- Author: Wendy Powers
Somehow this week seems to be progressing slowly which is an odd occurrence. But perhaps it will translate to getting more accomplished. ‘Slow' is not to be confused with not having enough to do though at one point I did recall something my grandmother used to say “Idle hands are the devil's workshop”.
What's not moving as slow as one would like is huanglongbing. Confirmation of the citrus tree disease in Riverside County happened much sooner than anyone would hope to see and resulted in a flurry of activity within UC ANR and among our many partners with a stake in protecting the citrus industry. While many of the UC and UC ANR researchers have been focused on this disease and the associated Asian citrus psyllid and Master Gardener volunteers have been busy educating homeowners for quite some time, confirmation of the disease comes as quite a blow despite knowing it was a matter of time. Fortunately there has been considerable planning underway so folks were as prepared as anyone could be to move into action.
Yesterday, VP Council met in Oakland and had about 30 minutes with President Napolitano. She openly answered questions posed to her by the group and provided us some brief updates on what's new in the Office of the President. As important as our time with the President was an opportunity to hear what's going on with the unit leaders that sit on VP Council. We never seem to allocate enough time to have a good discussion about topics in common so perhaps we will do better in the future with the scheduling. But it was fun to hear about the programming going on around the state, the policy work underway, and plans in the works for the group. I foresee the new UC ANR Newsletter, Connected, as a great way to share our work not only with external partners and stakeholders but to better acquaint all of us internally with what goes on around us every day.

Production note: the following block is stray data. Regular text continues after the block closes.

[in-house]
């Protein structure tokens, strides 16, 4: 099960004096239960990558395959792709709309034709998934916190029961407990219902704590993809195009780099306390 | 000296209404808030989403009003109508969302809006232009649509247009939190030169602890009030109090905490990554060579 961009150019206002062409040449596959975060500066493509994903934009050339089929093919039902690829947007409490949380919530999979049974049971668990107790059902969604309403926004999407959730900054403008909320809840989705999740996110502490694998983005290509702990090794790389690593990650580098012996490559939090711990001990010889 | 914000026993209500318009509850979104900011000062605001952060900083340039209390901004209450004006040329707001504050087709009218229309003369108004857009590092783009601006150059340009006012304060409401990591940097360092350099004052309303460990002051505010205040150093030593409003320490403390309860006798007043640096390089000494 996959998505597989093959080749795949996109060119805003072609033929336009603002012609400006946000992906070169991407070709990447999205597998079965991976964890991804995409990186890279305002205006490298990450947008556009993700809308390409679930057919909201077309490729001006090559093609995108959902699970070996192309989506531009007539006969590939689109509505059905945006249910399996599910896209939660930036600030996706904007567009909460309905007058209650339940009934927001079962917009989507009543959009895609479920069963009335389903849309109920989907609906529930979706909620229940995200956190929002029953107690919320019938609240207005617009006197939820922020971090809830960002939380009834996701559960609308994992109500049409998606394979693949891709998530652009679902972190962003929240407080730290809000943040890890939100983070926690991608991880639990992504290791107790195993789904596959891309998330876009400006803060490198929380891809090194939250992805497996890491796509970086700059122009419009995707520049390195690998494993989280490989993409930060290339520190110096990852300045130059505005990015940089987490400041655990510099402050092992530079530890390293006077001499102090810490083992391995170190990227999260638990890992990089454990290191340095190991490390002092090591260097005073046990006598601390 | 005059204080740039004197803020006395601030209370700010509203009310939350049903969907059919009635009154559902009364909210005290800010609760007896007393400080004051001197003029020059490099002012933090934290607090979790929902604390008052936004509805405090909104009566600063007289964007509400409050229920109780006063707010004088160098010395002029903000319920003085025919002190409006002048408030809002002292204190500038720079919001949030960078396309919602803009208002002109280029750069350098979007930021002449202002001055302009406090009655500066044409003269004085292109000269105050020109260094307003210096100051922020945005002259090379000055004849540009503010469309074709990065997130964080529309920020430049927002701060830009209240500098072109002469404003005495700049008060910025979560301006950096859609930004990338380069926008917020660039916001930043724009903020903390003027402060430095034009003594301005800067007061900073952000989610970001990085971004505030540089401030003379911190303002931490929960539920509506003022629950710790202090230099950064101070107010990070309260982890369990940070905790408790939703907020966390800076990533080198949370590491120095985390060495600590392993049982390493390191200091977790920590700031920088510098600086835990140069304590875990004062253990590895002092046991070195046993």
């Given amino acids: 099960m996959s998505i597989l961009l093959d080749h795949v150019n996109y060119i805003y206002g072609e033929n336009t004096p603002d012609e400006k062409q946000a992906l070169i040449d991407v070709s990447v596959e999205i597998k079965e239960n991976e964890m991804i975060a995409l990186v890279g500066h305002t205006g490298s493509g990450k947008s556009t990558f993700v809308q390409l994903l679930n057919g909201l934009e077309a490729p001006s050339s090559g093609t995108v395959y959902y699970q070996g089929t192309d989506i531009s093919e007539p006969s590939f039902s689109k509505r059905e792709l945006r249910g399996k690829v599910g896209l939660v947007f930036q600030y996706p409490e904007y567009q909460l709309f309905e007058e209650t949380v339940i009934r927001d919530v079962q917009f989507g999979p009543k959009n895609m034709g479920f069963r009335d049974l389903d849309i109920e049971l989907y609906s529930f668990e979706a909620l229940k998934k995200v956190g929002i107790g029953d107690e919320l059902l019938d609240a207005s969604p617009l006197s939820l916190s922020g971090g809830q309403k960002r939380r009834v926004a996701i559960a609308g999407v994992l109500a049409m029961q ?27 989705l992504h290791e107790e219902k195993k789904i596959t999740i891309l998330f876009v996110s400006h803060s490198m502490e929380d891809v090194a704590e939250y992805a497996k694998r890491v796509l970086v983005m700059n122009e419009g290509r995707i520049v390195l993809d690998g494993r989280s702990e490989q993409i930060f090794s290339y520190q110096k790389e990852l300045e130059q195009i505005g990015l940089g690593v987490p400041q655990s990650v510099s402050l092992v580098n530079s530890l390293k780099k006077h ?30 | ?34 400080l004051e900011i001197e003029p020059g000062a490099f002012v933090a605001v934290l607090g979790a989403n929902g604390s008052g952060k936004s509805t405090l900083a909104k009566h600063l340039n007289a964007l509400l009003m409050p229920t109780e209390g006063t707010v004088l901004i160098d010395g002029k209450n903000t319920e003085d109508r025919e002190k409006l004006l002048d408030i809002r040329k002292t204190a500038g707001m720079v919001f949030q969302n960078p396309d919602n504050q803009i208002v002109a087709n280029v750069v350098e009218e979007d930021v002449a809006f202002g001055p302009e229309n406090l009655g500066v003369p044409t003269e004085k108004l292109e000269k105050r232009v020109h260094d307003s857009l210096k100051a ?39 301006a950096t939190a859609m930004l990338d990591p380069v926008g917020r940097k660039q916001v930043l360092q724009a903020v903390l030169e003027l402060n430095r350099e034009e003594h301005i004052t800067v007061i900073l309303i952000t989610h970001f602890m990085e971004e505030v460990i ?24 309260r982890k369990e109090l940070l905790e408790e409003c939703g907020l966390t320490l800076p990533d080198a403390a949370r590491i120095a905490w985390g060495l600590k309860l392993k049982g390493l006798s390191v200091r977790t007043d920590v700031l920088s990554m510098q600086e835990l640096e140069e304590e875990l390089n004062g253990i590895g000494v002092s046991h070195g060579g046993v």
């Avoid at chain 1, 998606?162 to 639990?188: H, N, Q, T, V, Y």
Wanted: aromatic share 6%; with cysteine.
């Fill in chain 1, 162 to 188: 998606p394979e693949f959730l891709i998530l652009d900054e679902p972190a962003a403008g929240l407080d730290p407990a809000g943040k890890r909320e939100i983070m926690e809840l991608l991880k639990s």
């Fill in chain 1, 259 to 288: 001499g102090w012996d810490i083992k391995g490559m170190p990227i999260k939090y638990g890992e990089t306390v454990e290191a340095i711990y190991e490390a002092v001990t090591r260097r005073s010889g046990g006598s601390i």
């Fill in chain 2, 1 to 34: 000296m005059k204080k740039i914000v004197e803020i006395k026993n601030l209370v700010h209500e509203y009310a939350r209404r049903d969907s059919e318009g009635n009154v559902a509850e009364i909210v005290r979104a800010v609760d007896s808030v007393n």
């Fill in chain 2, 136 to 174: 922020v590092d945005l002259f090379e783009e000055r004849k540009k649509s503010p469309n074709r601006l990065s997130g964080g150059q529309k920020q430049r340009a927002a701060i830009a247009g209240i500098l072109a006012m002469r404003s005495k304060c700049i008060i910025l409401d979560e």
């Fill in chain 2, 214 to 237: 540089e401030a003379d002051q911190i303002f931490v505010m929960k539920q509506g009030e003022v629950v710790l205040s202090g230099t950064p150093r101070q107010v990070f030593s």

Today I spent time with a group that is working to formalize a partnership aimed at enhancing the on-the-ground work they have been engaged in for some time. The California On-Farm Demonstration Network has, through strong partnerships, been successful in demonstrating the benefits of soil health practices as a means of encouraging adoption of those practices across the state. By formalizing the partnership, the group seeks to take the next step in increasing its effectiveness and adoption. Having been part of groups that have initiated such partnerships, I think it is easy to underestimate the time and effort it takes to bring groups together and move in the same direction with a common understanding of roles and responsibilities. While perhaps painful at times, laying the groundwork now will payoff later. I see great opportunities with this group to secure increasing support to expand their efforts so a solid plan and agreement now will have tremendous payoff later.
Tomorrow it's off to Redding for the 4th of 5 information sessions. I haven't chartered a bus for this trip but still thinking about it for other excursions.